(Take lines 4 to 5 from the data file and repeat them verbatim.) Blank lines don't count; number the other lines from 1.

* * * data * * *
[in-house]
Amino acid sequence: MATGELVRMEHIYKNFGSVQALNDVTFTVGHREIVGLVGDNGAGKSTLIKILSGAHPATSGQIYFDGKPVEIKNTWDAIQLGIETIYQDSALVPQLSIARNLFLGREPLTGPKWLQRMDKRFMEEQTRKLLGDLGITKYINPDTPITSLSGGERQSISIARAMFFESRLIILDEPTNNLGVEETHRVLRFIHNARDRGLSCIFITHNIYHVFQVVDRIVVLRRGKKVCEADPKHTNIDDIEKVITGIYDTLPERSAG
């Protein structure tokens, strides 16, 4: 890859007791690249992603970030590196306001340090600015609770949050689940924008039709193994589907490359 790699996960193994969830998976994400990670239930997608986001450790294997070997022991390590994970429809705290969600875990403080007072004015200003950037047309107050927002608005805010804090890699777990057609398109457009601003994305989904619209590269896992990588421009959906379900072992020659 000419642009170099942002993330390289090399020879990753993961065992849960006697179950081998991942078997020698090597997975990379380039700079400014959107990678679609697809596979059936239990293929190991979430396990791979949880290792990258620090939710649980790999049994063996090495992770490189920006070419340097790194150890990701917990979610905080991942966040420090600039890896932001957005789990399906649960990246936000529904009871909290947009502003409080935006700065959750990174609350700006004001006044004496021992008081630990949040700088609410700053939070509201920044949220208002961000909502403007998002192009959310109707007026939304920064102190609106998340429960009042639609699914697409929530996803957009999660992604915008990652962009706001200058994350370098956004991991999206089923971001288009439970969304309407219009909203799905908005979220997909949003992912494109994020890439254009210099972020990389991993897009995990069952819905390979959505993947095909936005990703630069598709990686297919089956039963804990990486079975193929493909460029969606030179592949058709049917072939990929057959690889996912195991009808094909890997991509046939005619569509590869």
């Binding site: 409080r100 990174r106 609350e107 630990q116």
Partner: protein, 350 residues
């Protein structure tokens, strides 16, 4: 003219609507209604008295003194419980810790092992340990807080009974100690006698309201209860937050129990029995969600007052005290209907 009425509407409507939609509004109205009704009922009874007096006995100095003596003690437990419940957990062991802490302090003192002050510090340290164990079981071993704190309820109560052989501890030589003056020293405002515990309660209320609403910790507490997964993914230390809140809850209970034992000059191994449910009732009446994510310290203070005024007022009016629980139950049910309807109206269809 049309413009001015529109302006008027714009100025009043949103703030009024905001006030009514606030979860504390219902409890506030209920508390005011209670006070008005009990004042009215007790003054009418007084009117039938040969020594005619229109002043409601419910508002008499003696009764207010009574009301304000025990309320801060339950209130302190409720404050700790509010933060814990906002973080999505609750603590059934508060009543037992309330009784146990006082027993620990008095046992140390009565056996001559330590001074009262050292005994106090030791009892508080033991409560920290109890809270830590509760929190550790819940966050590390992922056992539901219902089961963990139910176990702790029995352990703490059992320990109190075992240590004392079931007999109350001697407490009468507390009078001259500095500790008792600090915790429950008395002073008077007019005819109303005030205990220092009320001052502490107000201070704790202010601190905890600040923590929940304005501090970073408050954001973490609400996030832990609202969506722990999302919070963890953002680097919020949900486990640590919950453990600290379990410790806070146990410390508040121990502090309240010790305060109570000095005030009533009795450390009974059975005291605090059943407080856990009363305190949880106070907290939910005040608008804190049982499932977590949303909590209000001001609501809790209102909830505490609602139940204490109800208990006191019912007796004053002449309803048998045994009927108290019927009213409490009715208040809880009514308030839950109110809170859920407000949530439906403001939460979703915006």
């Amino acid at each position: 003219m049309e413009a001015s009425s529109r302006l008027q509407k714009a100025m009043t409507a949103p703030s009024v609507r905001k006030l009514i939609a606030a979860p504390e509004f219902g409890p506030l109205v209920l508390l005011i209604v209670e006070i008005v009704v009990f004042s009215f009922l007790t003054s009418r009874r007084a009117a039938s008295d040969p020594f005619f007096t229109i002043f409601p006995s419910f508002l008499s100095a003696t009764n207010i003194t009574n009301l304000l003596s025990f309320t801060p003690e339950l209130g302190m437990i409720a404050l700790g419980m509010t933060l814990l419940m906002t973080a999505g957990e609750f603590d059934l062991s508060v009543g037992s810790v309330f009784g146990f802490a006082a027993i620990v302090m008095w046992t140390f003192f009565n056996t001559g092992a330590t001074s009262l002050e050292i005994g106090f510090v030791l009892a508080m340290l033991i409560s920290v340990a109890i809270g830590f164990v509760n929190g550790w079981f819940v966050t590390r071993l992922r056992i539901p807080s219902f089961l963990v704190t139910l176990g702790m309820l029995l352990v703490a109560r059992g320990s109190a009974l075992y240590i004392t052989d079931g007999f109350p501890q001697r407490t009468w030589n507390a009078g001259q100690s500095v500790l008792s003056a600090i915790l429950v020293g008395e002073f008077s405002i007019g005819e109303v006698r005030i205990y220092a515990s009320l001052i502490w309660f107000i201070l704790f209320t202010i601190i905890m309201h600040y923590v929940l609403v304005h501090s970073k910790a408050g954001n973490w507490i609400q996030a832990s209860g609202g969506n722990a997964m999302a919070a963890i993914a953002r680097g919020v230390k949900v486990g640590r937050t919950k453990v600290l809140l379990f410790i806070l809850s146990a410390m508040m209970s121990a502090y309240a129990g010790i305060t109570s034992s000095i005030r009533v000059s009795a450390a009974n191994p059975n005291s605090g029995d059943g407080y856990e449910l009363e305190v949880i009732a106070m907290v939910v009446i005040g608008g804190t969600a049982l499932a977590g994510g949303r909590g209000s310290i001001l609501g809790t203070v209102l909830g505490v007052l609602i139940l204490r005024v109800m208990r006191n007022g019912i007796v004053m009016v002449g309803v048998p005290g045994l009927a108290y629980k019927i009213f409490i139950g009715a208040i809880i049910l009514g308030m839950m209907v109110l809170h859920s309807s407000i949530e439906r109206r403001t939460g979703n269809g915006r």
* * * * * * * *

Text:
């Binding site: 409080r100 990174r106 609350e107 630990q116």
Partner: protein, 350 residues